The City of Whitehorse’s street lights are about to shine more sustainably thanks to a switch to energy efficient globes.
A total of 3,144 light bulbs will be replaced across the municipality over the next two financial years as part of Council’s Green Street Lighting Project. This follows Council’s earlier bulk streetlight changeover of approximately 5,000 light bulbs, which was undertaken between November 2013 and April 2014.
Each of the remaining existing 80-watt mercury vapour lights will be replaced with energy efficient LED luminaires including new PE cells, which are 82 per cent more energy efficient.
These new globes will also increase lighting quality, with light being directed toward the ground where it is needed instead of into the sky.
A: Between April 2017 and September 2017
A: For a project of this size, specific works schedules are developed on a week-by-week basis. Weather and other contributing factors can result in delays.
A: The changeover of a street light involves a single elevated work platform with two to three crew members. It takes less than 5 minutes to replace a street light so any disruptions to traffic flow in your street should not last long. Resident’s cars can remain parked on streets.
A: Lendlease Services Pty Limited will install and remove the lights. They will be liaising with Council throughout the project.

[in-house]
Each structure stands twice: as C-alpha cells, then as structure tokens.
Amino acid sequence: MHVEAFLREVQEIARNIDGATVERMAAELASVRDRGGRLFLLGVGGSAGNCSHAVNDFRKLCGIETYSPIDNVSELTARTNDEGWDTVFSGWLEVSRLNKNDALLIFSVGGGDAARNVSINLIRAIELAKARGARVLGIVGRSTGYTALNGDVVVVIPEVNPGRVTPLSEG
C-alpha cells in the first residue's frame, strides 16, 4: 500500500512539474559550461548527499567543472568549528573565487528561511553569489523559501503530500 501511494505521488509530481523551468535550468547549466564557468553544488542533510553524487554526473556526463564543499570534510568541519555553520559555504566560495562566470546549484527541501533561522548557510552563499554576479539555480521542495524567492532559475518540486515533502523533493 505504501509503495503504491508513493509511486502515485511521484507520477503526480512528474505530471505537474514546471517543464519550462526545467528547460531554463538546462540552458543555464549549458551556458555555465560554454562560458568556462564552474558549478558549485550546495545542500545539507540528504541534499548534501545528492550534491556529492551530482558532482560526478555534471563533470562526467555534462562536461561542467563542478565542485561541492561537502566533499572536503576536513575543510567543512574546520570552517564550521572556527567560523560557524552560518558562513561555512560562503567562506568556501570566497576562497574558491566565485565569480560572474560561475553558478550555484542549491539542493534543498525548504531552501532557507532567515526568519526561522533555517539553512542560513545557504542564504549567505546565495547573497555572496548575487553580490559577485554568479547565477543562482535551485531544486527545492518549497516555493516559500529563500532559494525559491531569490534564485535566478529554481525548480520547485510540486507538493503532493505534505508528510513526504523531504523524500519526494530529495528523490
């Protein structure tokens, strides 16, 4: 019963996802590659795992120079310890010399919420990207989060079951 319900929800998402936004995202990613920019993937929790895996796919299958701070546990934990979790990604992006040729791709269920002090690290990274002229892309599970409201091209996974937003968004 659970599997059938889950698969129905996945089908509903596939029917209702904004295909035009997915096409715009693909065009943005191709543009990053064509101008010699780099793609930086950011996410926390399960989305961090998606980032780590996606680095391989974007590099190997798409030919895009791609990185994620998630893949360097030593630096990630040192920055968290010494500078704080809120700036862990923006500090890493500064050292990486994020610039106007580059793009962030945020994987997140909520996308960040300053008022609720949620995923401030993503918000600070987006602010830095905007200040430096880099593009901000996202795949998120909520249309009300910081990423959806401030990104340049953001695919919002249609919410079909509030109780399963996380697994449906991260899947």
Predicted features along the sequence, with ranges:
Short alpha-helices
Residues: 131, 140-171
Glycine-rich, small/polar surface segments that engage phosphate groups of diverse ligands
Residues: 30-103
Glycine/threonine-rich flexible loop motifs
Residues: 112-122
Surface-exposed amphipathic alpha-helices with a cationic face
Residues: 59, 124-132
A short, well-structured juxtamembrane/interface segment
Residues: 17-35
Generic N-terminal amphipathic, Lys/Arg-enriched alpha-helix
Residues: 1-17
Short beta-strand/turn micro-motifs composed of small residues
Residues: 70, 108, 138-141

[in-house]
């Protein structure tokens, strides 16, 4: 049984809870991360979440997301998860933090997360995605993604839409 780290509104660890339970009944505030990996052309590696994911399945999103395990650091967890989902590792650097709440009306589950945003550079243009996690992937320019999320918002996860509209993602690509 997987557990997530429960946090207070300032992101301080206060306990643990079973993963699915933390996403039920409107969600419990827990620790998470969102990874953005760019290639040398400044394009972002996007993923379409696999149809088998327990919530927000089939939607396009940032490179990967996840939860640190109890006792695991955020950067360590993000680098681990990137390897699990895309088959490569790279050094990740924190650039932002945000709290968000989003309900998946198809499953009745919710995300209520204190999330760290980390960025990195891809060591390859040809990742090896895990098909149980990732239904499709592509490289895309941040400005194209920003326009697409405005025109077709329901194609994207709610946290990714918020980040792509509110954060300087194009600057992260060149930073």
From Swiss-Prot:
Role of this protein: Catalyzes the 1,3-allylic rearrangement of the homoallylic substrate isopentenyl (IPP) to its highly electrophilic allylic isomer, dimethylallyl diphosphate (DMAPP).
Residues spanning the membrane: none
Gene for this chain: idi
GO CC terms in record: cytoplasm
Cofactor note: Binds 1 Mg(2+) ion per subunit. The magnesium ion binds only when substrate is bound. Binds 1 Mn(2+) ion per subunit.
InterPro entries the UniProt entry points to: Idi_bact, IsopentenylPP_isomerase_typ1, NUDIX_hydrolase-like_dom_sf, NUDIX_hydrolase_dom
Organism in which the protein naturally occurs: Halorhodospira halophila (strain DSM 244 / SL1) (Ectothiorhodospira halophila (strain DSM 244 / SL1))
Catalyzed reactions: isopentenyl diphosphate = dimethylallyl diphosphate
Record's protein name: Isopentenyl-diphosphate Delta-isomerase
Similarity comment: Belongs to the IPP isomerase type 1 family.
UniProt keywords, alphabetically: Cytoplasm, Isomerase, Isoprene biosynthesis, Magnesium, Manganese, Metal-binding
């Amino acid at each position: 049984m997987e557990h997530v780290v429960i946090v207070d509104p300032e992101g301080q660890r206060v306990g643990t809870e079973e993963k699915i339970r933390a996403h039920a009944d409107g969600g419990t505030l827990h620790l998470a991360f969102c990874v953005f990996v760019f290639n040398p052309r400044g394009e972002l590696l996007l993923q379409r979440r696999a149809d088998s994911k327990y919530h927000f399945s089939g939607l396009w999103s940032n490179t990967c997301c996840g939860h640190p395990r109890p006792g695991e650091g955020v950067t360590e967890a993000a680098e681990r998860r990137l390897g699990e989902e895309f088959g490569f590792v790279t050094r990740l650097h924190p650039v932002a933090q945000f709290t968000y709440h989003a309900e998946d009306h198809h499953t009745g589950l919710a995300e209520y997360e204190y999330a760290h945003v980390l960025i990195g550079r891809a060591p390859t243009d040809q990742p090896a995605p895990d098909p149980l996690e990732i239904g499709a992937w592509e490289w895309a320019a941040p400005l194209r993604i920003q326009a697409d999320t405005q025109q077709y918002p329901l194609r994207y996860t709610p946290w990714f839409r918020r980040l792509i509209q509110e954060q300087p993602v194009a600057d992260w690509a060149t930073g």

A: The lights are made by a company that has been approved for use in Australia according to Australian Standard AS1158 and are made in Australia.
A: The luminaire (the main body of the light) will last about 20 years. The lamps (or globes) will last at least 4 years and probably longer. The photoelectric cells last 8 years.
A: The lights are owned and maintained by energy distribution business United Energy.
A: Yes. The recycling of old lights that are taken down during a bulk change is the responsibility of the installer. The tender for installation of the lights specified waste disposal requirements which included the recycling of around 98% of the old lights. For example, the glass collected is recycled into products such as glass wool insulation for homes. The mercury is distilled and reused in the dental industry to manufacture amalgam. The aluminium body and other fixed components (for example, steel screws, copper wires) are collected and ends up as ingots used in industry.
A: The total capital cost of the project is around $1.6 million, fully funded by Council, with a payback period of 6 years.
A: Please download the Bulk Changeover of Street Lighting Phase 2 (740.93kB) information sheet.
A: For further information, please call Robert Kennedy on (03) 9262 6378 or email email@example.com.
379-397 Whitehorse Road, Nunawading, Victoria 3131Australia
Tel: (03) 9262 6333 Fax: (03) 9262 6490Email: firstname.lastname@example.org